Bernie Sosnick – Gilford Securities
With regard to private label, where will the introductions be most greatly concentrated, in the discretionary areas or in consumables?
I think when we talk about increased penetration we’re more talking about some of the consumable categories. Most of our discretionary categories already are private label type merchandise. We did add Bugle Boy which is a recognized brand but when we think about our overall offering, I think there’s more opportunity in the consumable areas at this point.
Bernie Sosnick – Gilford Securities
With regard to treasure hunt, you’ve always been successful in managing that although there was some difficulty when consumers, when their budgets were stretched a year ago. How are you planning your treasure hunt focus and will that be a feature of your promotional advertising?
You’re right; the treasure hunt offering has always been very important to Family Dollar and over the long-term will continue to be very important. One of the things that I feel better about going into this holiday season though is the way we’ve managed risk in some of those categories. It doesn’t mean we’re getting out of those categories; we’re just being a little more cautious, looking for better sell-throughs and also a focus on compelling price points to make sure that we show the great value that we offer in some of those categories.
I’ll mention just on the apparel side the Bugle Boy introduction over a year ago has been very good for us. I think that’s something that has added to some of our apparel offering and brought a better level of quality at compelling price points and as that gets more well known, I’m excited about what that brings.
And in the home area I would say the same thing. There’s a number of things that we’re going there to provide better value for our customer and we will continue to see how we can improve in those areas but when I think about managing risk and markdown risk particularly, we did take a more cautious view this holiday season and think that it makes a lot of sense considering the headwinds that we’re facing right now.
Your next question comes from the line of Mitch Kaiser – Piper Jaffray
Mitch Kaiser – Piper Jaffray
In the past you’ve said that minimum wage increases have helped your business and I know a number of those came through at the state level, could you just give us some qualitative information on what you saw state-by-state basis and if you can estimate what that may have done for the fourth quarter?
There were a number of factors that I talked about that influenced fourth quarter comps. I didn’t mention the minimum wage increase but certainly I think that was a benefit, difficult to measure, but it goes into the category that I say is more money in our customers’ pocket which I think as we’ve talked about translates into more sales for us.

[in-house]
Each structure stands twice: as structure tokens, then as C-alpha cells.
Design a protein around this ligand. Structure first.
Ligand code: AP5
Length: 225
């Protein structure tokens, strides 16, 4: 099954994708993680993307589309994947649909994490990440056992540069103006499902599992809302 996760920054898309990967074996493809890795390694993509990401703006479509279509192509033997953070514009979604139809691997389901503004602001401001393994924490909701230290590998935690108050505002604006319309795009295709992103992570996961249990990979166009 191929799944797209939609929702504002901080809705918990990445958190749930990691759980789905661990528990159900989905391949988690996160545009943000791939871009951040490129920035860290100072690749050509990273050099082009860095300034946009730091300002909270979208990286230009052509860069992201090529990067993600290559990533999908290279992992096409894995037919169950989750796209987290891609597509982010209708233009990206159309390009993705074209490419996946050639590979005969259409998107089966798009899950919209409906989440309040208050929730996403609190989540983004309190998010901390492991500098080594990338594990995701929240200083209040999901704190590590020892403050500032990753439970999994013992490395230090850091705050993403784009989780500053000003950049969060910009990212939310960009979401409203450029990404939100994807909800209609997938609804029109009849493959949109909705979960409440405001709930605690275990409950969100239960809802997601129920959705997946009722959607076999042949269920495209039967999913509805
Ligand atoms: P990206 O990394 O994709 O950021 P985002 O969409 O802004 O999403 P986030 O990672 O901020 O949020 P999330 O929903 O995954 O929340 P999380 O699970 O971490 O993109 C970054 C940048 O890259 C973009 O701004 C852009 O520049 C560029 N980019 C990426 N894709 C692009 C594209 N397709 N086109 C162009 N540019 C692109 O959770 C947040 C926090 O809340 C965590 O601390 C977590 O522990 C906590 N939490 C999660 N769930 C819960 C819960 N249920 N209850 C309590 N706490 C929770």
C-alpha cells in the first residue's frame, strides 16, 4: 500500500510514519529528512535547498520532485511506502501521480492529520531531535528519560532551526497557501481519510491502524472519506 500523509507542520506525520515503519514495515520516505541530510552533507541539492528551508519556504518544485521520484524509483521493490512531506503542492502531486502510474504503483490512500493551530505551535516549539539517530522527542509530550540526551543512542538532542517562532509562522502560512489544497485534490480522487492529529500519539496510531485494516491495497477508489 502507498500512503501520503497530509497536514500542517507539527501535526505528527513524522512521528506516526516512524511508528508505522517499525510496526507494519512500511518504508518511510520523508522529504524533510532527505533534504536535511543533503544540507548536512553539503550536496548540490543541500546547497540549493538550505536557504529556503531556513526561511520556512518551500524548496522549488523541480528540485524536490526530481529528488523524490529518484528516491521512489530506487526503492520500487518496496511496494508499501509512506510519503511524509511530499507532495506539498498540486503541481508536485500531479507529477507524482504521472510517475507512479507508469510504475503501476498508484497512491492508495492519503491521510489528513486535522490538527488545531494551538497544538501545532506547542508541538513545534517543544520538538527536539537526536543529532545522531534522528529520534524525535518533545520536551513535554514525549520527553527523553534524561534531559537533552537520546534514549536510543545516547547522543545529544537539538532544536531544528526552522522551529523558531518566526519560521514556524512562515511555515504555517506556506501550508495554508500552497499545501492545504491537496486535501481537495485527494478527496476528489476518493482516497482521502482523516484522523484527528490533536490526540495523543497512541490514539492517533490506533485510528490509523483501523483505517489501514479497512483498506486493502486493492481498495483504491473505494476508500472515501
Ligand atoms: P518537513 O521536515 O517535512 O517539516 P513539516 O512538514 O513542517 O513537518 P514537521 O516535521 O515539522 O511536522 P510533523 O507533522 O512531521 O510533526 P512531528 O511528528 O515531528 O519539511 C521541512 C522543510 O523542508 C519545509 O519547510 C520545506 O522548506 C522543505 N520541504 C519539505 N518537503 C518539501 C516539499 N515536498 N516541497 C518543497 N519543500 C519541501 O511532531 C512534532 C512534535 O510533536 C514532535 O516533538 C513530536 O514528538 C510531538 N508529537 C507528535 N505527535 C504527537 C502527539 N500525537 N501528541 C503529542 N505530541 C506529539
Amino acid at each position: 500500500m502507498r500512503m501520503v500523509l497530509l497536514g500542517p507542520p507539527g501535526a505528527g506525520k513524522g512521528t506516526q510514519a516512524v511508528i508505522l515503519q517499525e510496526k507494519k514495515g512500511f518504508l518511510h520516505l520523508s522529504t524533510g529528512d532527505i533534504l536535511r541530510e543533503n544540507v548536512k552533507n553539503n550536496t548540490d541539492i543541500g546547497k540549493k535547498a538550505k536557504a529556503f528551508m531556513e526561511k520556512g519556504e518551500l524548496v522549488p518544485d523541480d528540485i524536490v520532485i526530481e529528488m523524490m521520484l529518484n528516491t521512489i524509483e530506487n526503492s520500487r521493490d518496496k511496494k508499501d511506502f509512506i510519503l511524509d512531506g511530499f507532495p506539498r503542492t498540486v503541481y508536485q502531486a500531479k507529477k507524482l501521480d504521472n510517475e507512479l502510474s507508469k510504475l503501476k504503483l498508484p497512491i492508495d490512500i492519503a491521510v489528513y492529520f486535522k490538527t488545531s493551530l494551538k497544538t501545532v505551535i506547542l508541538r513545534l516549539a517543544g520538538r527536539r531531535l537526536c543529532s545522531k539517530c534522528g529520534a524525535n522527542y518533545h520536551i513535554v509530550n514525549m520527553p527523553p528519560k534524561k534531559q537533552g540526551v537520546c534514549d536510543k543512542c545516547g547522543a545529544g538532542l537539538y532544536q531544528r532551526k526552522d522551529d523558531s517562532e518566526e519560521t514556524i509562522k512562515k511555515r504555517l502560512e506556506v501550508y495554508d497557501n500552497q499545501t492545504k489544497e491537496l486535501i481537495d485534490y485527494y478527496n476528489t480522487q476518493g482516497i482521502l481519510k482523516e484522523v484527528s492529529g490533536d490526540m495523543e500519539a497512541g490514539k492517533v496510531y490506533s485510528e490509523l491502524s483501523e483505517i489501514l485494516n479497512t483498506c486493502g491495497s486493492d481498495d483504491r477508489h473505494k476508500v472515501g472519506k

That last minimum wage increase occurred mid July so I think commenting on specific states we’re unable to do but again believe that overall when customers get more money, it’s a benefit to us.
Mitch Kaiser – Piper Jaffray
On the guidance if I go back the last couple of years the band on the comp guidance has been about a couple hundred basis points similar to this year and it’s been a range on EPS of about $0.10 to $0.12. This year you’ve got a much wider range so could you just help us define what are the puts and takes on the high end versus the low end even though the comp guidance is fairly consistent with what you’ve done in the past?
Giving guidance in this kind of environment shouldn’t be the toughest job that we have to do at Family Dollar but sometimes it feels like it is. We wanted to give broad guidance and you heard in my prepared remarks how concerned we are about the economic uncertainty out there.
Our promise is to continue to provide clarity and update you as we report those numbers and we will do that, but we wanted to broaden it out a little bit more simply because of the uncertainties in making these kinds of predictions today.
Your next question comes from the line of Michael Baker - Deutsche Bank
Michael Baker - Deutsche Bank
Your payables ratio was down as a percent of inventory, I’m wondering if that’s because you’re buying less inventory as you’re controlling that better or has there been any change in terms from vendors perhaps related to that. I think your line of credit I believe is [docked] by Wachovia. Does that change at all or any impact there because of what’s going on with Wachovia? On free cash flow this year, $348 million but I think $125 million of that was from tax issues? Should we expect that to not repeat next year and then therefore would free cash flow be closer to something in the $230, $250 range?